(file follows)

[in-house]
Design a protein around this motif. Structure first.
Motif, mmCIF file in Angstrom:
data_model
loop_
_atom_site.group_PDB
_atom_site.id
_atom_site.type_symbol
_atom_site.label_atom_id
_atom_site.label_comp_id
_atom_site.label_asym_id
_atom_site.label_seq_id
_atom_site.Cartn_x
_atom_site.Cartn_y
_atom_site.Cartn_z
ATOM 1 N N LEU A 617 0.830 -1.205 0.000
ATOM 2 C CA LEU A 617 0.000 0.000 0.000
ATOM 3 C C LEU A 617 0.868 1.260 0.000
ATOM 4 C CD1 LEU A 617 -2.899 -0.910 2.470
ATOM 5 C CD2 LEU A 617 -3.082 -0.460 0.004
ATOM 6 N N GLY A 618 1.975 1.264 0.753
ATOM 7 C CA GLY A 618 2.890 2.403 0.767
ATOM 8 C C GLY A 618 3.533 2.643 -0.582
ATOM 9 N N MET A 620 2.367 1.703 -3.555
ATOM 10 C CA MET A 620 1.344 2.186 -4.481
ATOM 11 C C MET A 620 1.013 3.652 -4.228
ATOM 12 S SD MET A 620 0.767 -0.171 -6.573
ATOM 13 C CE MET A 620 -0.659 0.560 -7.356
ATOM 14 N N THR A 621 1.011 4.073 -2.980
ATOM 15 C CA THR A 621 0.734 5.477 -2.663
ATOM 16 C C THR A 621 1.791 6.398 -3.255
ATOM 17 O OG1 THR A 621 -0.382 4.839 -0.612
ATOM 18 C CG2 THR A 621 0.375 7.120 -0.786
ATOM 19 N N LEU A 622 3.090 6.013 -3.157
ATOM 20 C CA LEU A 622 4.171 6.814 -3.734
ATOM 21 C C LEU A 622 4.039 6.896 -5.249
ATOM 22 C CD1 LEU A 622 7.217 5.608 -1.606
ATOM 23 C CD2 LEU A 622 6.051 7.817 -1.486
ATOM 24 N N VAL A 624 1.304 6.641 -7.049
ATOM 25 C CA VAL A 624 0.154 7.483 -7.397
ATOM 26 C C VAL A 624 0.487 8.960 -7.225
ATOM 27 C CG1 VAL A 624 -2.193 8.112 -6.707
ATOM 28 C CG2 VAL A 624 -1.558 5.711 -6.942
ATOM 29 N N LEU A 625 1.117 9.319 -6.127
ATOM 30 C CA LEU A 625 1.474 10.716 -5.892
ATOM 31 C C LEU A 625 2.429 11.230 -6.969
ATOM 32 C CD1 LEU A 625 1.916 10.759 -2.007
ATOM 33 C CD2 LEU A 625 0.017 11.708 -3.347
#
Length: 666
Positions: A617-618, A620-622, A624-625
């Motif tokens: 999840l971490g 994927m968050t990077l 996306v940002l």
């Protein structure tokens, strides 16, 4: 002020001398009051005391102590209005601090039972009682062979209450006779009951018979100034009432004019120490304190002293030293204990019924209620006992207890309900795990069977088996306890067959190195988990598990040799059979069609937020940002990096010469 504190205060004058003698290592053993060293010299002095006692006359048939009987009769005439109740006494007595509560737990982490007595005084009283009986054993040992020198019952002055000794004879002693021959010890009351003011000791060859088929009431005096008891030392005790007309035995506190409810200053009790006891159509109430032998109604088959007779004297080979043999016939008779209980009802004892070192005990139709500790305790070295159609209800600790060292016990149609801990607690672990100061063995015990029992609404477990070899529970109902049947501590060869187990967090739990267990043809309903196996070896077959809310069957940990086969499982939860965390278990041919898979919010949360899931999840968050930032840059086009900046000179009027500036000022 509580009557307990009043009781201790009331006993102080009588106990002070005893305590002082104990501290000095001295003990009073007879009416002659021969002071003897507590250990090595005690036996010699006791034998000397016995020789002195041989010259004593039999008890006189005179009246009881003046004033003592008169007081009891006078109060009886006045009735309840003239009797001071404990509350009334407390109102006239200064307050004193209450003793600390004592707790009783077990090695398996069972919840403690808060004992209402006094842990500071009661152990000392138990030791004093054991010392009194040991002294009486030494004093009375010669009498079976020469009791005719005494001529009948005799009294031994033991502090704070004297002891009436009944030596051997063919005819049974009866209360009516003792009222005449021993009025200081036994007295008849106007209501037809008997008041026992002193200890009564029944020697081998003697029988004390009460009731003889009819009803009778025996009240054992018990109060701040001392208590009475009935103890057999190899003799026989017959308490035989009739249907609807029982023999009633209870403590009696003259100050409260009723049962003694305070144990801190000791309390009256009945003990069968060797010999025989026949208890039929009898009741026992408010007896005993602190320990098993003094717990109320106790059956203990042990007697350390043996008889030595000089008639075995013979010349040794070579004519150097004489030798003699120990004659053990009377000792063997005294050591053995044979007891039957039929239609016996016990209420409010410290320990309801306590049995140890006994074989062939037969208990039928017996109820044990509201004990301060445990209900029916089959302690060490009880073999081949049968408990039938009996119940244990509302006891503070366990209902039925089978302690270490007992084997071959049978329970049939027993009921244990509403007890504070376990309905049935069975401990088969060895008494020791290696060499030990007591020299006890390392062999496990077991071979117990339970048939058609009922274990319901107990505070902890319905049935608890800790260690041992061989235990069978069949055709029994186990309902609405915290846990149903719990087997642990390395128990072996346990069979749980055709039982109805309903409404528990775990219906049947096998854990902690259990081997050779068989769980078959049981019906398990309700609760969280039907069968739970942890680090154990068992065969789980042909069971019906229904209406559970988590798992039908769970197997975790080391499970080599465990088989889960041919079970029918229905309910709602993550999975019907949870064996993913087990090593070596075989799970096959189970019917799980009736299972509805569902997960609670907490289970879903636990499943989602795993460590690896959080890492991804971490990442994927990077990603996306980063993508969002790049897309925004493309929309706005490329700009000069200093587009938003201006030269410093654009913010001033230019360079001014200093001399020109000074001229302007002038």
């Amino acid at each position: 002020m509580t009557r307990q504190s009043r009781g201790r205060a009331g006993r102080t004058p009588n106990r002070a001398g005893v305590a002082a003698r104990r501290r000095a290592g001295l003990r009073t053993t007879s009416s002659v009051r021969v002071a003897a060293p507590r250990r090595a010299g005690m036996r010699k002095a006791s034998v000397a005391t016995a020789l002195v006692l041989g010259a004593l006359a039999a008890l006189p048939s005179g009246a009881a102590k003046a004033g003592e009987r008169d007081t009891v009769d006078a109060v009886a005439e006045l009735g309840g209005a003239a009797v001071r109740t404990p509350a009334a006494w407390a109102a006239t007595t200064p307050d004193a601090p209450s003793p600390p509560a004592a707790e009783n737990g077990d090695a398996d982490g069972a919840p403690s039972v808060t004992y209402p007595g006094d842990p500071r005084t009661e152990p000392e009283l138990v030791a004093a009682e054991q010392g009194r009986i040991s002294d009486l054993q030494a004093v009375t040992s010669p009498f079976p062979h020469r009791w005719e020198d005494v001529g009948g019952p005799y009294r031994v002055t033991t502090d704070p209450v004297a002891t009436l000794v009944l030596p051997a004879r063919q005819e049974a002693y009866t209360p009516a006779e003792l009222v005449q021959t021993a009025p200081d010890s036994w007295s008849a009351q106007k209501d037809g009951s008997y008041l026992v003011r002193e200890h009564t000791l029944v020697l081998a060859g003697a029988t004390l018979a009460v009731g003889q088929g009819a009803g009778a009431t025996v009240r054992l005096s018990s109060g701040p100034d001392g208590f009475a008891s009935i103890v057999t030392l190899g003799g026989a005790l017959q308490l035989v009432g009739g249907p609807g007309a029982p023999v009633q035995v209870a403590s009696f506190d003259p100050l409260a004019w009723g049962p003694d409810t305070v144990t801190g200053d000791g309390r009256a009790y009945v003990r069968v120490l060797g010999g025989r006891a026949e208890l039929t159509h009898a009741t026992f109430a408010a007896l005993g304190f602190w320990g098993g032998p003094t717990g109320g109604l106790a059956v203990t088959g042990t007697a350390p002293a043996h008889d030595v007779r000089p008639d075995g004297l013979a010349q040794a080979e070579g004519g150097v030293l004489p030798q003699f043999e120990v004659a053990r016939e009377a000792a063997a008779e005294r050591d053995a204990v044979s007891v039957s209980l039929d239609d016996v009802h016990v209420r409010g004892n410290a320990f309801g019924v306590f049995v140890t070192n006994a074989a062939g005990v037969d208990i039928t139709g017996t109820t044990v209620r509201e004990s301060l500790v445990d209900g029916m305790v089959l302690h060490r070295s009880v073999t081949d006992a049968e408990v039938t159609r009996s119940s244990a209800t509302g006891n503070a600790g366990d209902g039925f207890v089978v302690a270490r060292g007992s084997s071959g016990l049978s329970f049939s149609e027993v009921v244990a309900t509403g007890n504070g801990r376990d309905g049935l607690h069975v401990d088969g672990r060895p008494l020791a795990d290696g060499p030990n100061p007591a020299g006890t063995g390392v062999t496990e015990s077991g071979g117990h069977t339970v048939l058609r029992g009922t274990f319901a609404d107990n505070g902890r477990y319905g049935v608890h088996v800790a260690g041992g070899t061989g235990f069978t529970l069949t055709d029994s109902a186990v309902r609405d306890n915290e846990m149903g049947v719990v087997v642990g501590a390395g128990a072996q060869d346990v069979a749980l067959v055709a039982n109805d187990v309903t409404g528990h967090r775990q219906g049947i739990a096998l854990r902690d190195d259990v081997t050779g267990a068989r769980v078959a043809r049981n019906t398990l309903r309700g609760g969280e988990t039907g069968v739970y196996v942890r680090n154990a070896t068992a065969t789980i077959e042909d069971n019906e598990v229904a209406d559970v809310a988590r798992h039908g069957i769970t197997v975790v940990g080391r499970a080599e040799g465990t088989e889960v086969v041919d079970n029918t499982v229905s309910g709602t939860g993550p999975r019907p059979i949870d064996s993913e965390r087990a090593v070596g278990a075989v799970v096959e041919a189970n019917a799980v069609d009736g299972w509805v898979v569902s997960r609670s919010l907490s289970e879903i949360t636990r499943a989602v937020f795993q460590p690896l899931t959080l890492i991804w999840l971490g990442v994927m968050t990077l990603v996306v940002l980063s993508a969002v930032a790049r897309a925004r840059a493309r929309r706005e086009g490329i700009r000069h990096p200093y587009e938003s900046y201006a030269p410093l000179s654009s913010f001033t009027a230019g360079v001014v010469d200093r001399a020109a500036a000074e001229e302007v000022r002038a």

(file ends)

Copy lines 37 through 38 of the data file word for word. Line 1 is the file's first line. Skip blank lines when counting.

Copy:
ATOM 22 C CD1 LEU A 622 7.217 5.608 -1.606
ATOM 23 C CD2 LEU A 622 6.051 7.817 -1.486